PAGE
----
COVID-19 Highlights Gaps in Mass.gov Website Translation
Jocelyn Langer - April 12, 2020
On March 18th, members of Just Words Coop received a request from Representative Lindsay Sabadosa’s office to translate a tutorial on the state’s Unemployment Assistance application. Collaborating with volunteers from the Pioneer Valley Workers Center, translators quickly discovered that while the Department of Unemployment Assistance website is available in Spanish, the application form itself was only in English. To temporarily address this problem, the group translated the tutorial into Spanish but kept screenshots of the English application. The guide walks Spanish speakers through the English application process using text boxes and speaker notes in Spanish. The New Unemployment Claims Guidelines Spanish translation was released on March 22, a Portuguese version was released on April 3.
Unfortunately it is very common that websites including mass.gov offer translation on the surface, but then fail to actually deliver on crucial parts. Mass.gov offers an automatic Google Translate option, which is a sub-standard translation at best, but then links to other domains such as the UA portal are not automatically translated at all, leading to a series of dead ends for non-English speakers.
The same problem comes up for MassHealth applicants: The How to Apply page automatically translates, but the link to apply directs to masshealthconnector.org in English. Of course there is a MassHealth application available in Spanish, but it is not clear how to find it from the English home page. Similarly, masshealthconnector.org features a link to a Language Rights and Access page, with an address to file grievances for those who have not received adequate language access, but links and instructions are in English, so it is unlikely that a non-English speaker could find that information.
On the surface, this lack of full translation appears to be an oversight. On a deeper level, however, we need to question how it aligns with unconscious racism and xenophobia. To what extent is this lack of translation related to assumptions that Spanish speakers may be be undocumented, and the myth that undocumented workers don't pay taxes and therefore don't deserve benefits? (The Public Charge law that went into effect last month is another example of this sentiment.) In a climate of intense controversy around immigration, finding the political will and accompanying financial resources to have state websites fully translated may not be at the top of the government to-do list. In order for translation to truly serve the people, there has to be a conscious will for it to do so at every step in the process, not just a nod to linguistic diversity in the form of a Google Translate button at the top of the page.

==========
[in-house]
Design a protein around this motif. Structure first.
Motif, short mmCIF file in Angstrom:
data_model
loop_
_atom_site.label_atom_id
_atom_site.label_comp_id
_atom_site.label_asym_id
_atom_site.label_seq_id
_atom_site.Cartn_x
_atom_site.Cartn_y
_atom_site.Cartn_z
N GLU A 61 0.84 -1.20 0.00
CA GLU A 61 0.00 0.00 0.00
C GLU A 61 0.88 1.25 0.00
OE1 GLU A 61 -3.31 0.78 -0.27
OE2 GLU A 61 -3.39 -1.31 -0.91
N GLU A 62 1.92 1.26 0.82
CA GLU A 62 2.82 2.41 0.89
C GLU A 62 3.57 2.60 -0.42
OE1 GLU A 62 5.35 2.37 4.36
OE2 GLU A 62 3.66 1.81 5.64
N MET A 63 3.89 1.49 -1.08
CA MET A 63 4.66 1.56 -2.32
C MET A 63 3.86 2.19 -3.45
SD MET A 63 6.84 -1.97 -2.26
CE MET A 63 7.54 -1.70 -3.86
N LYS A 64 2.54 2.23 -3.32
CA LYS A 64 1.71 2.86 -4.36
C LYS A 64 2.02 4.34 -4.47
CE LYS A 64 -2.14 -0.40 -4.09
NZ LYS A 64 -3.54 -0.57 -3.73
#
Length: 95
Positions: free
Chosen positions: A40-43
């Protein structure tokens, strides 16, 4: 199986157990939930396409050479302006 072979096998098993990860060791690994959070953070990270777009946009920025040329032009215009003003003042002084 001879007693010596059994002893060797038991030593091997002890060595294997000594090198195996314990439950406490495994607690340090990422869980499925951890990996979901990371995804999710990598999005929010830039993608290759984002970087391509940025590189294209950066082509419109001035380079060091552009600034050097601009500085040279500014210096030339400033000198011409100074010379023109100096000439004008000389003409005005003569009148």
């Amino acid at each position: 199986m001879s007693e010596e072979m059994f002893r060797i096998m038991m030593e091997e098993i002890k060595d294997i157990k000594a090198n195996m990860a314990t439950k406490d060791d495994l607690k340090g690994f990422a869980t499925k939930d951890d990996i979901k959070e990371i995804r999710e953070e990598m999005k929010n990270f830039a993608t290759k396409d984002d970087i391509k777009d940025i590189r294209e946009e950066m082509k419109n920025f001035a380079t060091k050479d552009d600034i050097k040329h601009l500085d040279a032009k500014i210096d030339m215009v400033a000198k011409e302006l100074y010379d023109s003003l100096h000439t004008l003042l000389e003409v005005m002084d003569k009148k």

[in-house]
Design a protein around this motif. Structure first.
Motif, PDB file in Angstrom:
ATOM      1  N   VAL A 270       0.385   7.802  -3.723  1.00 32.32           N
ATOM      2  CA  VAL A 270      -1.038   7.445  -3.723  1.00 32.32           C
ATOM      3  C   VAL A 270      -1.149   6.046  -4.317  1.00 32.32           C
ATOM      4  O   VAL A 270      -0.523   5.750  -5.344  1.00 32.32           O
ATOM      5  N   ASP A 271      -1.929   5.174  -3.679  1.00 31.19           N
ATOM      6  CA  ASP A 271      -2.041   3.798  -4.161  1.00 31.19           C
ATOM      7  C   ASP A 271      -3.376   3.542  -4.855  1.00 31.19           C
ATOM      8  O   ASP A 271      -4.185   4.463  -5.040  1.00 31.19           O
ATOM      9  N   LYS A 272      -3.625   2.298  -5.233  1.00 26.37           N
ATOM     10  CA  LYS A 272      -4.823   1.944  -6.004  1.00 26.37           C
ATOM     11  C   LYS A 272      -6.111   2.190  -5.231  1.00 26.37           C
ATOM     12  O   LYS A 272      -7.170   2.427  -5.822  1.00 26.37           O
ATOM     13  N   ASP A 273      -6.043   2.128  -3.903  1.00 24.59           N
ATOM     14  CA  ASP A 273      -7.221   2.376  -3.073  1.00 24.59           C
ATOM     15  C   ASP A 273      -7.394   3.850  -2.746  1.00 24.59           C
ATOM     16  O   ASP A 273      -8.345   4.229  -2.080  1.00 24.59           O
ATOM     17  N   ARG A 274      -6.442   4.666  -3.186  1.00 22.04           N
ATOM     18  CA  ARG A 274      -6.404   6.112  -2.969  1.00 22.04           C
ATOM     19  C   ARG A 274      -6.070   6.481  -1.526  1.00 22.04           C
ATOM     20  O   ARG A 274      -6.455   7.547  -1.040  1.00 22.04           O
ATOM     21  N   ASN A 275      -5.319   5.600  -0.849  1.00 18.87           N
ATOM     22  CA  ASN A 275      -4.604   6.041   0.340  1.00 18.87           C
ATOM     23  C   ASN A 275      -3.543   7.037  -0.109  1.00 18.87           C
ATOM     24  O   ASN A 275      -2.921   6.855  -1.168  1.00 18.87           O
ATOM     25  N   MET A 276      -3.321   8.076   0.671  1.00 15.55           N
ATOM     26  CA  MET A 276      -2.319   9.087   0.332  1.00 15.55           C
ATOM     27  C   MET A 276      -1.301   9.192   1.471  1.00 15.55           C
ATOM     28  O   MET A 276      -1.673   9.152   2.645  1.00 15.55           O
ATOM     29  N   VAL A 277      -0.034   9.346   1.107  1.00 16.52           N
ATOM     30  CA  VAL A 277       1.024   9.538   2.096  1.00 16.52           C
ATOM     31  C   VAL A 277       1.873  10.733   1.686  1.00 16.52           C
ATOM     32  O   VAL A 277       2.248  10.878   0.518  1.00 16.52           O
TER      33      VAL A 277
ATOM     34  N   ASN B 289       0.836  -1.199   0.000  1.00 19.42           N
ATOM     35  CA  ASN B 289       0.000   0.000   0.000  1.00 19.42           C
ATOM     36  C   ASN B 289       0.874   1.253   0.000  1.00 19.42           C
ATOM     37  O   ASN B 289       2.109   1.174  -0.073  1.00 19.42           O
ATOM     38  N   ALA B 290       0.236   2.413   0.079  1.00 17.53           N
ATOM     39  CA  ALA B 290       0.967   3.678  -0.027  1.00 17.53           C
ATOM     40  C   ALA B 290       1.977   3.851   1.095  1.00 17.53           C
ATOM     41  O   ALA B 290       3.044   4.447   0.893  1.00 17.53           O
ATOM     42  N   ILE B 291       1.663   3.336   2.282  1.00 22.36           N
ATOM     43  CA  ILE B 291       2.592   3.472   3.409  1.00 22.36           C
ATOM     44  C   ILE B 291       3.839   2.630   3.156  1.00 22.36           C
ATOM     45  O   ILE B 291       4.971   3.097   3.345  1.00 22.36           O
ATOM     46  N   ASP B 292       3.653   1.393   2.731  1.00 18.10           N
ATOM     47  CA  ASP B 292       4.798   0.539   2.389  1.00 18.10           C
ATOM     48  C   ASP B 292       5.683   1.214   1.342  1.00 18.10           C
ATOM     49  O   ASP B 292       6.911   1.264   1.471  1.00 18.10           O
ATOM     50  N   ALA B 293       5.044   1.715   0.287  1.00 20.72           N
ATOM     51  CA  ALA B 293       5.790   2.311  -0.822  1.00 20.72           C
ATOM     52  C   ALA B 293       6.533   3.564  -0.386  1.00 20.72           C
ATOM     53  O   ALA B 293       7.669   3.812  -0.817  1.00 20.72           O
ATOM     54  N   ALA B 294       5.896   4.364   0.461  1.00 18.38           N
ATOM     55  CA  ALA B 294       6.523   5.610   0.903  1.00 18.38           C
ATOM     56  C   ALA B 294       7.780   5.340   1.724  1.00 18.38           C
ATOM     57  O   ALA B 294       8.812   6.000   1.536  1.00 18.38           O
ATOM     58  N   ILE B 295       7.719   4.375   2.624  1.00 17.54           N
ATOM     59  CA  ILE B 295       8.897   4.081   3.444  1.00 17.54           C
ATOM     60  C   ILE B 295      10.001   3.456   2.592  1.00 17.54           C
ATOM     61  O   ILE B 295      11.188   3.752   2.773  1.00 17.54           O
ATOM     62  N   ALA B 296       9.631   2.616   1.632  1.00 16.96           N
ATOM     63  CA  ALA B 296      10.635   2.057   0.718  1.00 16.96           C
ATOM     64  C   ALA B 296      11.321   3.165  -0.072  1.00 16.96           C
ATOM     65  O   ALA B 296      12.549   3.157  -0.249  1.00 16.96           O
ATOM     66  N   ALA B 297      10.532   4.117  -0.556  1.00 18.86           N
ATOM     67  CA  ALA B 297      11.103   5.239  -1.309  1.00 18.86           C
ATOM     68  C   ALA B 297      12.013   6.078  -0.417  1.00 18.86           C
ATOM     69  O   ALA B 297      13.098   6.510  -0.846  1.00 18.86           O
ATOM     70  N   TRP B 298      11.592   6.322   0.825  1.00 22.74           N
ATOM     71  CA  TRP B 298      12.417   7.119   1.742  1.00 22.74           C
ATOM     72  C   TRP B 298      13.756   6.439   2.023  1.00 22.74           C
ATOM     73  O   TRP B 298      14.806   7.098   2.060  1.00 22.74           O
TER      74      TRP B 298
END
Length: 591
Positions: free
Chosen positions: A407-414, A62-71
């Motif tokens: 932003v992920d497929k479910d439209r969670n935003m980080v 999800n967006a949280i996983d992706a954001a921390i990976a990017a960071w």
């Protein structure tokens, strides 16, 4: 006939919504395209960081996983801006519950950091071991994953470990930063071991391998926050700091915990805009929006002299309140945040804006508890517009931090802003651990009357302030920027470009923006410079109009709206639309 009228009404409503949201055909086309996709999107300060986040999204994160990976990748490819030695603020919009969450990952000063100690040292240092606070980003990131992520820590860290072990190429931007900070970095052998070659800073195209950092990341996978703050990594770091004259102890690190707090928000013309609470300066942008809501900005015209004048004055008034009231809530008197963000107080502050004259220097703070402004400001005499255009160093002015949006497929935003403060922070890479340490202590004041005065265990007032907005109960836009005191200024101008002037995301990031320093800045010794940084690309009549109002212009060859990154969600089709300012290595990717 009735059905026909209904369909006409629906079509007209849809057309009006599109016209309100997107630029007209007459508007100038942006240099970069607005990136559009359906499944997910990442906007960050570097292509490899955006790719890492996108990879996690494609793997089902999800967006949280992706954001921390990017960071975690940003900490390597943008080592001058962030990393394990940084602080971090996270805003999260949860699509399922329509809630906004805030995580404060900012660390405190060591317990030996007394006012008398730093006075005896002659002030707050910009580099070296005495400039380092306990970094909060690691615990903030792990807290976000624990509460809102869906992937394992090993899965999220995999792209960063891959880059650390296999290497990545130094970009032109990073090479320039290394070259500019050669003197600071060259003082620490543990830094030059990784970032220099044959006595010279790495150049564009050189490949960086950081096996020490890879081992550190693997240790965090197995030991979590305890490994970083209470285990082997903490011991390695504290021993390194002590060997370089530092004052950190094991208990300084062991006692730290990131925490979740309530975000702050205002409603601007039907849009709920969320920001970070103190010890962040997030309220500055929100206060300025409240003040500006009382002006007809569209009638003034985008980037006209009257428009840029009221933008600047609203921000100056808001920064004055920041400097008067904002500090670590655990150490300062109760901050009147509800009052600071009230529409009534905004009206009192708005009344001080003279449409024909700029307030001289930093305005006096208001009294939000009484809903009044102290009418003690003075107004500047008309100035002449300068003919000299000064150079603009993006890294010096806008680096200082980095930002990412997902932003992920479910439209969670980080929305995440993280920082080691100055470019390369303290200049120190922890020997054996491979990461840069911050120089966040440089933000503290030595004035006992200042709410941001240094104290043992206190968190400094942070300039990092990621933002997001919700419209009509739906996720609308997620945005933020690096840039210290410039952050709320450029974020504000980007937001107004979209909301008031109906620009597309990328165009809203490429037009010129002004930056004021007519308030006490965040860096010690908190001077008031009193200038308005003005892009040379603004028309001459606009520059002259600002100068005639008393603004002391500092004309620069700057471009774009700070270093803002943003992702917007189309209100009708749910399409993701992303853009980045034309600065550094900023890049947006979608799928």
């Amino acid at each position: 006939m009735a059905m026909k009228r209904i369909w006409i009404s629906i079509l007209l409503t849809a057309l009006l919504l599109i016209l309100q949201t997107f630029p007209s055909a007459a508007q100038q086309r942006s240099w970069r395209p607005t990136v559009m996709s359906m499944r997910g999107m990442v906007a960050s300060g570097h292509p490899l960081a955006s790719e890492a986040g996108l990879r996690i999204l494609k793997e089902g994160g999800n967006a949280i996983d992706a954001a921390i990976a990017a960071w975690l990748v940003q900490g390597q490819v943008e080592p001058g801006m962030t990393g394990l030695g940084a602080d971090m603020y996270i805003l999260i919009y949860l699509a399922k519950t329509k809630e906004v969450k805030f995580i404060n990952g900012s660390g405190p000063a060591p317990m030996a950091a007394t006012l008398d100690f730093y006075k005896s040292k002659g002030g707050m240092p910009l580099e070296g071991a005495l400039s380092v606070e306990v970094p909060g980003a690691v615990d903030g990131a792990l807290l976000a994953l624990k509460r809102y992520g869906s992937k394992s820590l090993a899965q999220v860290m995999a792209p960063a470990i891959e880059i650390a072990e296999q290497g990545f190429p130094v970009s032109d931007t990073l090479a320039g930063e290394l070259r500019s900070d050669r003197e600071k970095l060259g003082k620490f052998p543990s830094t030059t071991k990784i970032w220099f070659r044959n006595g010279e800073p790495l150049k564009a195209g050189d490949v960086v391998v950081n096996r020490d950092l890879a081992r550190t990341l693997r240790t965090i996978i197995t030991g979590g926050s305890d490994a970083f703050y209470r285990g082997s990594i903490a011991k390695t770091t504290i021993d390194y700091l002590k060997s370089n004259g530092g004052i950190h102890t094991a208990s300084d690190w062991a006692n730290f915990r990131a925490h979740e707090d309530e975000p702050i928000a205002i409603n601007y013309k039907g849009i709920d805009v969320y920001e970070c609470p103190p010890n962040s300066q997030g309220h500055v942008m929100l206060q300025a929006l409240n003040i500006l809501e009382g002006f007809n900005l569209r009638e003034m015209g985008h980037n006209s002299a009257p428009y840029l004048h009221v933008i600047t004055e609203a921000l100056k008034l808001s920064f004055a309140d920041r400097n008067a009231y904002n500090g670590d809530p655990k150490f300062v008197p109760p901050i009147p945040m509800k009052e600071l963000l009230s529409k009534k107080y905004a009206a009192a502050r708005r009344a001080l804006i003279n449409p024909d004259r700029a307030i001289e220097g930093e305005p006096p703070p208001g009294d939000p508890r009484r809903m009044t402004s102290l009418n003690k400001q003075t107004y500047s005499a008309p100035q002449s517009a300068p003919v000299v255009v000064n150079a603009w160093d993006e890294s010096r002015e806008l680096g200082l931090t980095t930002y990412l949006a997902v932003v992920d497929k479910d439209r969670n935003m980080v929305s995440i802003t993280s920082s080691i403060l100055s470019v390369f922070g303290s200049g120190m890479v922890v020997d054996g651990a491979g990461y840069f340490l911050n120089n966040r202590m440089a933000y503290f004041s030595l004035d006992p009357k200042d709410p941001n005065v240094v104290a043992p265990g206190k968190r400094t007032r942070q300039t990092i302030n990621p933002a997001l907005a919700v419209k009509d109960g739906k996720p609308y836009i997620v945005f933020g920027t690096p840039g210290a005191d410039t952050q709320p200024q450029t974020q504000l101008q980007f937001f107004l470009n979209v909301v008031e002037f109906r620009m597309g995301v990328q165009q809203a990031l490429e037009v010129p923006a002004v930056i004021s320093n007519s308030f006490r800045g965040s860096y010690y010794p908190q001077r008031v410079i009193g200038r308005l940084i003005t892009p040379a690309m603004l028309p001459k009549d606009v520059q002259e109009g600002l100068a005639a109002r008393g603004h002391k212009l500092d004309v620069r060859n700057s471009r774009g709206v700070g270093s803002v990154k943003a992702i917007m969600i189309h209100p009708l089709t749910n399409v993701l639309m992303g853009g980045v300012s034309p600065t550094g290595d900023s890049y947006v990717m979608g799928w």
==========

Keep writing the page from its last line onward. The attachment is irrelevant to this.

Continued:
Sarah Betancourt of Commonwealth Magazine published an article on March 27th exposing problems with the UI website's lack of translation and explaining the New Unemployment Claims Guidelines Spanish tutorial. On March 31st the magazine published a Spanish translation of the same article. The tutorial was also featured in an article by WBUR on April 7, at which point the UI website had posted the Spanish translation of the tutorial, but had still not made the application itself available in Spanish.
Finally last week, the actual Unemployment portal itself became available in Spanish, as reported by Betancourt in Commonwealth Magazine on April 11. The magazine reports that translations in several additional languages are set to be available in the coming days. This is an excellent step in the right direction, but replacing the English dead ends of partially translated government websites with fully functional translations will involve significantly more work, involving technology, language expertise, collaboration, and political will.